It will also be realized that after lyophilization is complete the bag is sealed to create a self-contained environment suitable for storage of the dried contents. Removal of excess tubing, plugs, and appended sterile filter after sealing of the bag, as well as removal of all copper plates and semi-rigid wall supports will also serve to reduce the final weight of the sealed bag and its contents. It will be realized that conservation of weight per sealed bag offers important storage and transport advantages.
|Cited Patent||Filing date||Publication date||Applicant||Title|
|US3319684 *||Nov 30, 1964||May 16, 1967||Pharmaseal Lab||Collapsible container|
|US4443220 *||Mar 16, 1982||Apr 17, 1984||Hauer Jerome Maurice||Blood collection and transfer apparatus|
|US4622693 *||Apr 22, 1985||Nov 11, 1986||Cvp Systems, Inc.||Collapsible bag and liner combination|
|US4903859 *||Sep 23, 1988||Feb 27, 1990||Better Agricultural Goals, Inc.||Container for flowable materials|
|Citing Patent||Filing date||Publication date||Applicant||Title|
|US5114421 *||Aug 30, 1989||May 19, 1992||Polak Robert B||Medicament container/dispenser assembly|
|US5160329 *||Jul 10, 1990||Nov 3, 1992||T Systems Inc.||Biological fluid specimen collection bag|
|US5213814 *||May 17, 1990||May 25, 1993||Cryopharm Corporation||Lyophilized and reconstituted blood platelet compositions|
|US5217443 *||Jan 7, 1992||Jun 8, 1993||T Systems Inc.||Biological fluid specimen collection bag|
|US5257983 *||Apr 12, 1991||Nov 2, 1993||Cryopharm Corporation||Blood bag for lyophilization|
|US5340592 *||Dec 30, 1991||Aug 23, 1994||Cobe Laboratories, Inc.||Lyophilization of erythrocytes|
|US5342752 *||Apr 16, 1991||Aug 30, 1994||Cryopharm Corporation||Method of inactivation of viral blood contaminants using acridine deriatives|
|US5374257 *||Jun 7, 1993||Dec 20, 1994||C. R. Bard, Inc.||Fluid collection chamber|
|US5418130 *||Jul 13, 1993||May 23, 1995||Cryopharm Corporation||Method of inactivation of viral and bacterial blood contaminants|
|US5425951 *||May 31, 1991||Jun 20, 1995||Cryopharm Corporation||Method of reconstituting lyophilized cells|
|US5484428 *||Mar 8, 1994||Jan 16, 1996||C.R. Bard, Inc.||Fluid collection container|
|US5648206 *||Mar 29, 1995||Jul 15, 1997||Cobe Laboratories, Inc.||Lyophilization of cells|
|US5858015 *||Feb 18, 1997||Jan 12, 1999||Dideco S.P.A.||Container for blood|
|US6187572||Apr 14, 1993||Feb 13, 2001||Baxter International Inc.||Method of inactivation of viral and bacterial blood contaminants|
|US6517526||Jan 2, 2002||Feb 11, 2003||Yehuda Tamari||Container for lyophilizing biological products|
|US6773425 *||Feb 11, 2003||Aug 10, 2004||Yehuda Tamari||Container for biological products requiring cellular stasis|
|US7422726 *||Oct 23, 2002||Sep 9, 2008||Blood Cell Storage, Inc.||Integrated container for lyophilization, rehydration and processing of biological materials|
|US7776022||Mar 19, 2007||Aug 17, 2010||Hemcon Medical Technologies||Apparatus and methods for making, storing, and administering freeze-dried materials such as freeze-dried plasma|
|US8053248||Aug 12, 2005||Nov 8, 2011||The United States Of America As Represented By The Secretary Of The Army||Support system for flexible lyophilization containers|
|US8449520||Aug 15, 2008||May 28, 2013||HemCon Medical Technologies Inc.||Apparatus and methods for making, storing, and administering freeze-dried materials such as freeze-dried plasma|
|US9540840 *||Oct 22, 2012||Jan 10, 2017||Oliver Joen-An Ma||Shape retaining foldable umbrella base|
|US20040081588 *||Oct 23, 2002||Apr 29, 2004||Hammerstedt Roy H.||Integrated container for lyophilization, rehydration and processing of biological materials|
|US20080119818 *||Aug 12, 2005||May 22, 2008||Irina Bakaltcheva||Support System for Flexible Lyophilization Containers|
|US20080234652 *||Mar 19, 2007||Sep 25, 2008||Hemcon Medical Technologies, Inc.||Apparatus and methods for making, storing, and administering freeze-dried materials such as freeze-dried plasma|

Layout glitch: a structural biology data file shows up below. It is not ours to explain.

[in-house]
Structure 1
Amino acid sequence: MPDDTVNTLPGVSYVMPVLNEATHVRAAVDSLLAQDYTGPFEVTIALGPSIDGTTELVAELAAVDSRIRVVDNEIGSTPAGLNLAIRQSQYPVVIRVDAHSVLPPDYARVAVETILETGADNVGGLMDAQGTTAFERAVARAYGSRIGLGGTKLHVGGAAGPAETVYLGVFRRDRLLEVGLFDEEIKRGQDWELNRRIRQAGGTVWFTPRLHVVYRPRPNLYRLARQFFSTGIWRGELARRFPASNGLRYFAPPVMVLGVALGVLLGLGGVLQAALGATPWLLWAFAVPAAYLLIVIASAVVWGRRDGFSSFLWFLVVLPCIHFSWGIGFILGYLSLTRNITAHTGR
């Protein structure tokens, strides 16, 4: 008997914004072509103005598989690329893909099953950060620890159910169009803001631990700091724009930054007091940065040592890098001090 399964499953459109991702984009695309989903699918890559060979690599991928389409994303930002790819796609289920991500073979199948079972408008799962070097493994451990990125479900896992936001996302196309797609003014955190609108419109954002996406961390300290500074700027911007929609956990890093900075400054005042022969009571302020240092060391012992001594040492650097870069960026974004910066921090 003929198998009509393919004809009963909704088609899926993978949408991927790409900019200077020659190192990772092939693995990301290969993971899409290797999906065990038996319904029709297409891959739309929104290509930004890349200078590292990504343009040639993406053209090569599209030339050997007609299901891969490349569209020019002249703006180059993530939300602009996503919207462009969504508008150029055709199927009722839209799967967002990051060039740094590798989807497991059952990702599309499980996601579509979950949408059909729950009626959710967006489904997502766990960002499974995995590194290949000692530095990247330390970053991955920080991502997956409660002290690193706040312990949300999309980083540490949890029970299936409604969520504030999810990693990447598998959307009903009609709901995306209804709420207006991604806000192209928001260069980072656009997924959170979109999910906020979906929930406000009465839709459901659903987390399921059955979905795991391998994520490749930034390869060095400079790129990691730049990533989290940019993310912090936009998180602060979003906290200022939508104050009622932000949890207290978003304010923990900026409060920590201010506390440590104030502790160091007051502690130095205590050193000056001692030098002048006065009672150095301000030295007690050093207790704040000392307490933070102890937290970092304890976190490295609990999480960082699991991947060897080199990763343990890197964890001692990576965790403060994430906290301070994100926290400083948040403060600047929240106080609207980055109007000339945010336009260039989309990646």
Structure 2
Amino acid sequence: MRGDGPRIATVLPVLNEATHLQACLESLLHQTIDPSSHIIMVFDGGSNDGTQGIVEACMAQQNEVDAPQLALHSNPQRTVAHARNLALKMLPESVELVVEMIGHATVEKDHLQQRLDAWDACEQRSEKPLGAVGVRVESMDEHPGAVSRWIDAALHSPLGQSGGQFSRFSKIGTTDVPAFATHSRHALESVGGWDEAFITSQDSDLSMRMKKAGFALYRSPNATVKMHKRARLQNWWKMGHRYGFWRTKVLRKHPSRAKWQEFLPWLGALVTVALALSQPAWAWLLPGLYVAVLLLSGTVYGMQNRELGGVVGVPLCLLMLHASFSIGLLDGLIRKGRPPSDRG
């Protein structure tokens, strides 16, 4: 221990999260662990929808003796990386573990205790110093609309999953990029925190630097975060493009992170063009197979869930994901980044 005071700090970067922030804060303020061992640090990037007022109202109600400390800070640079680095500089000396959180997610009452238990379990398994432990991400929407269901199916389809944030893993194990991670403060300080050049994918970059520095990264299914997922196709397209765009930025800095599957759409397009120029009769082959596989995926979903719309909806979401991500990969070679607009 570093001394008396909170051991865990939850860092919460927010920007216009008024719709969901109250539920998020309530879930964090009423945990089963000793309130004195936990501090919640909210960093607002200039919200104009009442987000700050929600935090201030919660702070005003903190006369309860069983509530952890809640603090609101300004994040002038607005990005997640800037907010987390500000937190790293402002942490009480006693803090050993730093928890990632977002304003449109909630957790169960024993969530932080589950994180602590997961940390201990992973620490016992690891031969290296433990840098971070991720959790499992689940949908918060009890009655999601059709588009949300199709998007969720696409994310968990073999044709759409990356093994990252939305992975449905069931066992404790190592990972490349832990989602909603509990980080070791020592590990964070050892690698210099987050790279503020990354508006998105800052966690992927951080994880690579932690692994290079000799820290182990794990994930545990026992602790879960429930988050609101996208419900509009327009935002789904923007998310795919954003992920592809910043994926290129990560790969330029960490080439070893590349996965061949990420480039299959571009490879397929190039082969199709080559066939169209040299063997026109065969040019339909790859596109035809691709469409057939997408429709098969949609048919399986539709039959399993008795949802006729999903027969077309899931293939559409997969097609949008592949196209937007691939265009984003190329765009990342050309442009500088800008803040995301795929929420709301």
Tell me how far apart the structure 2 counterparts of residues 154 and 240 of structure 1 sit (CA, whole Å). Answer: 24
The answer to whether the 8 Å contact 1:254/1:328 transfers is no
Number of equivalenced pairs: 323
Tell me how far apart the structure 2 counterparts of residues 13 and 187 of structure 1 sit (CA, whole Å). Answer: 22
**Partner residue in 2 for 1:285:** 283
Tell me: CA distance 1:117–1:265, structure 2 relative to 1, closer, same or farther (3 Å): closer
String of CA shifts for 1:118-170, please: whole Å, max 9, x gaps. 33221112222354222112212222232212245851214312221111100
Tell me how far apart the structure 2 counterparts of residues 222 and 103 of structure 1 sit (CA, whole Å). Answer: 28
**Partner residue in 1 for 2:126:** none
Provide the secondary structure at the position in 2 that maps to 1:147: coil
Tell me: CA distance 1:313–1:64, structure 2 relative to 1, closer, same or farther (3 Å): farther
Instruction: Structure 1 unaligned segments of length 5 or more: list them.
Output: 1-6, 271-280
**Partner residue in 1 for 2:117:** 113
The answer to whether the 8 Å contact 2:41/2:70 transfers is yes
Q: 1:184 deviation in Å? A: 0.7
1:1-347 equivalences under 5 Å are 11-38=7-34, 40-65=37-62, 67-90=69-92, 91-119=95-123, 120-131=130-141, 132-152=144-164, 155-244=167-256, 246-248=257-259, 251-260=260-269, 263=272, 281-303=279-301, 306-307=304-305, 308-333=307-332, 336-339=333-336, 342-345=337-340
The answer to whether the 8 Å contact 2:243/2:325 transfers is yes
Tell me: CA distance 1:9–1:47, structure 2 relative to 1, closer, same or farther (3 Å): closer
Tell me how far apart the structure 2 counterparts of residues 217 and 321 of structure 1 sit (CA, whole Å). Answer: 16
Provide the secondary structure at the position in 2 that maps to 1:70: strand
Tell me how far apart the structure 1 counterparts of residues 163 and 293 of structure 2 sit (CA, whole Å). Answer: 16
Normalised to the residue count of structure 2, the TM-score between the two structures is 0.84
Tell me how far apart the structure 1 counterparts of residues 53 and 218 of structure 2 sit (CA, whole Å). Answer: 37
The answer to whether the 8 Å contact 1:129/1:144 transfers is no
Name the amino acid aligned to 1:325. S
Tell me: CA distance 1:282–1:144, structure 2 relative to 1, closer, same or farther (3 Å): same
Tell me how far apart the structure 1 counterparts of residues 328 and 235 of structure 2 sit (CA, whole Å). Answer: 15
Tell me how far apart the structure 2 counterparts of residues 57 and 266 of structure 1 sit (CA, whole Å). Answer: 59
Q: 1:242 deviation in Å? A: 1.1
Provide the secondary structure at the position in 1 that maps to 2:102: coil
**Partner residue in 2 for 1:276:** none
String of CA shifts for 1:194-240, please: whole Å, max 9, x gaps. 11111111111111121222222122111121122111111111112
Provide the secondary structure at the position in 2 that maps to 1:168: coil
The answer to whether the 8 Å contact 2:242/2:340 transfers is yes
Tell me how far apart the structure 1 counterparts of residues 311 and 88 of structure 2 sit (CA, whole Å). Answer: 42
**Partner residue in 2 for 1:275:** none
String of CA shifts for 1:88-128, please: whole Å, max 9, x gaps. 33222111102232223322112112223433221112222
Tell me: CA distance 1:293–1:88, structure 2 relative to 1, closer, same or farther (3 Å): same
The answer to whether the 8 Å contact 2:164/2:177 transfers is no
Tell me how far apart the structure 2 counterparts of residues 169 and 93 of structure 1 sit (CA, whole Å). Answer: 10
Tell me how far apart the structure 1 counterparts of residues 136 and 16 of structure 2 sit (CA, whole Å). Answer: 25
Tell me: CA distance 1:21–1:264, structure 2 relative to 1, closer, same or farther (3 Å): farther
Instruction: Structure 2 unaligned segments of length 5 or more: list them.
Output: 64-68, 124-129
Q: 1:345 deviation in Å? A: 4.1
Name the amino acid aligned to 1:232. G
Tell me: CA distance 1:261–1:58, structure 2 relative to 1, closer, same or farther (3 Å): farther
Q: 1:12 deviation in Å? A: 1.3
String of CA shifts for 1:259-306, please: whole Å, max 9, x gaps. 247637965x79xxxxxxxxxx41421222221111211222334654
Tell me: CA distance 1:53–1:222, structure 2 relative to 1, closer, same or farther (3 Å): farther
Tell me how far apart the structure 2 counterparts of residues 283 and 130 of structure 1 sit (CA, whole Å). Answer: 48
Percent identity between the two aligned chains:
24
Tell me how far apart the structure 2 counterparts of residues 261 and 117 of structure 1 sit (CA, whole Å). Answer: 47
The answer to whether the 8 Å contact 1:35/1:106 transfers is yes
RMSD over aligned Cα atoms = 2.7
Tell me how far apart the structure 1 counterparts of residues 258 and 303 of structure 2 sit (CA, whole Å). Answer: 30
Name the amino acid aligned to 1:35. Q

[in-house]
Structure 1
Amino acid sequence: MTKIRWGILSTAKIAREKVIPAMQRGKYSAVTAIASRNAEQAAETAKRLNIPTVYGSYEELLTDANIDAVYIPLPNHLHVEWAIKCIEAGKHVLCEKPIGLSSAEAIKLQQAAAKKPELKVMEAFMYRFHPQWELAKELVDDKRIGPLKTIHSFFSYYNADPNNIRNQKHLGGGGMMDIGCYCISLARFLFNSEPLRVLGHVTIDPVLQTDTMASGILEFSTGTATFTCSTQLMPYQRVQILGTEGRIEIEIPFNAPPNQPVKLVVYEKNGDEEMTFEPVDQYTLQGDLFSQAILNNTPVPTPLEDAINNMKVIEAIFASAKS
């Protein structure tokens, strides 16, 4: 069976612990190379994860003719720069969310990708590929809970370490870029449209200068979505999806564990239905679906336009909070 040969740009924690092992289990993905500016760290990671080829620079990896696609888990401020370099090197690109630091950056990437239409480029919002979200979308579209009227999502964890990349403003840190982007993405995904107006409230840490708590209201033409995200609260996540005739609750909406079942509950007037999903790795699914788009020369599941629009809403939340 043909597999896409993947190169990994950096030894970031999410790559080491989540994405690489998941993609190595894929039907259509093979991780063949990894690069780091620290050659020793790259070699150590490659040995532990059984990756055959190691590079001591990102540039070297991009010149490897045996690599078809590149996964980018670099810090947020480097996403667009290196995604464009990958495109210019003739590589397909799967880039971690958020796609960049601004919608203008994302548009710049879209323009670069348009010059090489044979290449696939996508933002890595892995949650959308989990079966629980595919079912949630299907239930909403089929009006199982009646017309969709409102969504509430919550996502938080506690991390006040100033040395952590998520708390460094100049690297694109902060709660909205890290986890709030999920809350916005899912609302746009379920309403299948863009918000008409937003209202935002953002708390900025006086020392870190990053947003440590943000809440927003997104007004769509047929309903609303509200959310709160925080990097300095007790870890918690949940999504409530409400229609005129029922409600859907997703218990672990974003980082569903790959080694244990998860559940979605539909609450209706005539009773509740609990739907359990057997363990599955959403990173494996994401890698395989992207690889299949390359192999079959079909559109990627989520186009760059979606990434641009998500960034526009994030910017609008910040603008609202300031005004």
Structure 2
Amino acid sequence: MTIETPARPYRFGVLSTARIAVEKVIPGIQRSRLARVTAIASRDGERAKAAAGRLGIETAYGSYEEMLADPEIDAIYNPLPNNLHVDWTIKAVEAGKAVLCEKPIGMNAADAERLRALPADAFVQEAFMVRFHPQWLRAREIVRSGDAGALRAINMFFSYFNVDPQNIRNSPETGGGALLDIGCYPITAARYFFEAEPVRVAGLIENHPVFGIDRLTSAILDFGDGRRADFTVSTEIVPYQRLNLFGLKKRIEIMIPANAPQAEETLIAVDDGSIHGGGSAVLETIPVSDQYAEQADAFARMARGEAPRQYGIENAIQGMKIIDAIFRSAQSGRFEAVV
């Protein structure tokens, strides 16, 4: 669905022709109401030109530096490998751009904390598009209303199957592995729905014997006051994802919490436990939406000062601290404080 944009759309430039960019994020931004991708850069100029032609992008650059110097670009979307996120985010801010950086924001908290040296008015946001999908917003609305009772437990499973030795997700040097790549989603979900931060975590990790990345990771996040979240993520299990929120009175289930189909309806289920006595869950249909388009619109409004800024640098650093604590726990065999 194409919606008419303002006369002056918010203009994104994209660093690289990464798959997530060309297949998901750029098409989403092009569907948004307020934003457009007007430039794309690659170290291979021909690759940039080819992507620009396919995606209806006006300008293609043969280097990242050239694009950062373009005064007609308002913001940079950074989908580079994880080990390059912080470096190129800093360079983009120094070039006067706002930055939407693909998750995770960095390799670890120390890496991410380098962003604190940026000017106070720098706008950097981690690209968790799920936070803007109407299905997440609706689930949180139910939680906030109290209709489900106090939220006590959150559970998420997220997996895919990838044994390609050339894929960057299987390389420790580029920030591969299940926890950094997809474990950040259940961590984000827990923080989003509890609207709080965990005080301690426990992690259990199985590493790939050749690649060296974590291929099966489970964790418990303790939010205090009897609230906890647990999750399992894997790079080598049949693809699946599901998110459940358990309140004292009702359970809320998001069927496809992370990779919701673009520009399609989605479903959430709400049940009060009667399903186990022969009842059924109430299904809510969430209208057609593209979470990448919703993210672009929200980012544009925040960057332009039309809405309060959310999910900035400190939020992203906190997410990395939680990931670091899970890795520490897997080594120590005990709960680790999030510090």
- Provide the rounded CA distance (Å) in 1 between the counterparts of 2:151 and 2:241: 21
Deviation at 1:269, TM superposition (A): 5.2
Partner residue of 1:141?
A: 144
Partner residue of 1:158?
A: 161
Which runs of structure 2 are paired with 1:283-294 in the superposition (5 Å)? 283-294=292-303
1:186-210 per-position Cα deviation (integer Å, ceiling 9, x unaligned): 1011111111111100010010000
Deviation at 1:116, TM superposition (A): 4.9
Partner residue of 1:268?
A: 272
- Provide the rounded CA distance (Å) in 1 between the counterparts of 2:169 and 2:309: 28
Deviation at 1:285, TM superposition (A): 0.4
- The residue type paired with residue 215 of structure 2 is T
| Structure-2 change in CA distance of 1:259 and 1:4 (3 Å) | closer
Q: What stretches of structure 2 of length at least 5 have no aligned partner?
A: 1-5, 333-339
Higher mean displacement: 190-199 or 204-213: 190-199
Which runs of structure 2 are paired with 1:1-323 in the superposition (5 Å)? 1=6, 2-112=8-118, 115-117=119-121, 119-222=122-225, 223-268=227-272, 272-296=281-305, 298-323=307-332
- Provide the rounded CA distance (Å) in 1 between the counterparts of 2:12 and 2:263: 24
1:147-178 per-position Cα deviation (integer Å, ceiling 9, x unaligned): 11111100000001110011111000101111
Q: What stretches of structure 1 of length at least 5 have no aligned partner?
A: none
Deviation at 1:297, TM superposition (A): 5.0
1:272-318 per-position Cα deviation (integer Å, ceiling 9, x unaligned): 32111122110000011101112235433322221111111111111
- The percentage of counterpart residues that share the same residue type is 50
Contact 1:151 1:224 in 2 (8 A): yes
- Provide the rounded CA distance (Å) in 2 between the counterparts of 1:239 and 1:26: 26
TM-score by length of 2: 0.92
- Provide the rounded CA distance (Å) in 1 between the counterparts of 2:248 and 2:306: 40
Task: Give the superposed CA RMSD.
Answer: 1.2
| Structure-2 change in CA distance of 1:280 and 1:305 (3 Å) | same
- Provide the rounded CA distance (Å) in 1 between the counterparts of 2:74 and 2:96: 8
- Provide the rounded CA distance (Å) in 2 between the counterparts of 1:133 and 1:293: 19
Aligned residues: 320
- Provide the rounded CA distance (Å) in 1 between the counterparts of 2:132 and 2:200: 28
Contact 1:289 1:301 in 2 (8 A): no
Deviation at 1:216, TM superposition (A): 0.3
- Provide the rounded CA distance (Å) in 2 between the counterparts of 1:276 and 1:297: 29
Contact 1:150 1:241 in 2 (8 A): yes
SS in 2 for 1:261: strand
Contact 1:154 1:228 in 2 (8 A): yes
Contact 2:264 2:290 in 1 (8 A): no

|US20080234653 *||Jul 27, 2007||Sep 25, 2008||Hemcon Medical Technologies, Inc.|
|US20080234654 *||Mar 19, 2008||Sep 25, 2008||Hemcon Medical Technologies, Inc.|
|US20090107001 *||Sep 16, 2008||Apr 30, 2009||Hemcon Medical Technologies, Inc.|
|US20090113753 *||Aug 15, 2008||May 7, 2009||Hemcon Medical Technologies, Inc.|
|US20090223080 *||Feb 13, 2009||Sep 10, 2009||Hemcon Medical Technologies, Inc.|
|US20110144613 *||Aug 11, 2009||Jun 16, 2011||Hemcon Medical Technologies, Inc.||Apparatus and Methods for Making, Storing, and Administering Freeze-Dried Materials Such as Freeze-Dried Plasma|
|US20130146740 *||Oct 22, 2012||Jun 13, 2013||Oliver Joen-An Ma||Shape retaining foldable umbrella base|
|USD768978||Mar 27, 2015||Oct 18, 2016||Oliver Joen-An Ma||Umbrella base|
|USD771935||Jun 22, 2012||Nov 22, 2016||Oliver Joen-An Ma||Umbrella base|
|USD775461||Mar 27, 2015||Jan 3, 2017||Oliver Joen-An Ma||Umbrella base|
|EP2157387A1||Aug 19, 2008||Feb 24, 2010||DRK-Blutspendedienst West gemeinnützige Gesellschaft mit beschränkter Haftung||A non-collapsible and non-foldable container for lyophilization of a product|
|EP2567708A2||Jun 1, 2005||Mar 13, 2013||Victor Bronshtein||Preservation by vaporization|
|WO1992000703A1 *||Jul 10, 1991||Jan 23, 1992||T Systems Inc.||Biological fluid specimen collection bag|
|WO1992018058A1 *||Apr 3, 1992||Oct 29, 1992||Cryopharm Corporation||Blood bag for lyophilization|
|WO1995027180A1 *||Jun 24, 1994||Oct 12, 1995||W.L. Gore & Associates, Inc.||Improved method for minimizing contamination of freeze-dried products|
|WO2006028648A2 *||Aug 12, 2005||Mar 16, 2006||The Henry M. Jackson Foundation For The Advancement Of Military Medicine, Inc.||Support system for flexible lyophilization containers|
|WO2006028648A3 *||Aug 12, 2005||Jan 18, 2007||Jackson H M Found Military Med||Support system for flexible lyophilization containers|
|U.S. Classification||604/408, 383/119|
|International Classification||F26B5/06, A61J3/00, A61J1/10, A61J1/00, A61J1/05|
|Cooperative Classification||A61J1/10, F26B5/06, A61M2205/3606|
|European Classification||F26B5/06, A61J1/10|
|Sep 10, 1990||AS||Assignment|
Owner name: CRYOPHARM, PASADENA, CA, A CORP. OF DE
Free format text: ASSIGNMENT OF ASSIGNORS INTEREST.;ASSIGNORS:GOODRICH, RAYMOND J. JR.;DERKSEN, JOHANNES;HACKETT, ROGER W.;REEL/FRAME:005439/0069;SIGNING DATES FROM 19900820 TO 19900830
|Aug 20, 1991||AS||Assignment|
Owner name: CRYOPHARM CORPORATION A CORPORATION OF DE, CALIF
Free format text: ASSIGNMENT OF ASSIGNORS INTEREST.;ASSIGNORS:GOODRICH, RAYMOND J., JR.;DERKSEN, JOHANNES;HACKETT, ROGER W.;REEL/FRAME:005808/0199;SIGNING DATES FROM 19910110 TO 19910130
|Oct 4, 1993||AS||Assignment|
Owner name: COBE LABORATORIES, INC., COLORADO
Free format text: ASSIGNMENT OF ASSIGNORS INTEREST;ASSIGNOR:CRYOPHARM CORPORATION;REEL/FRAME:006709/0936
Effective date: 19930823
|May 3, 1994||FPAY||Fee payment|
Year of fee payment: 4
|Jun 23, 1998||REMI||Maintenance fee reminder mailed|
|Nov 29, 1998||LAPS||Lapse for failure to pay maintenance fees|
|Feb 9, 1999||FP||Expired due to failure to pay maintenance fee|
Effective date: 19981127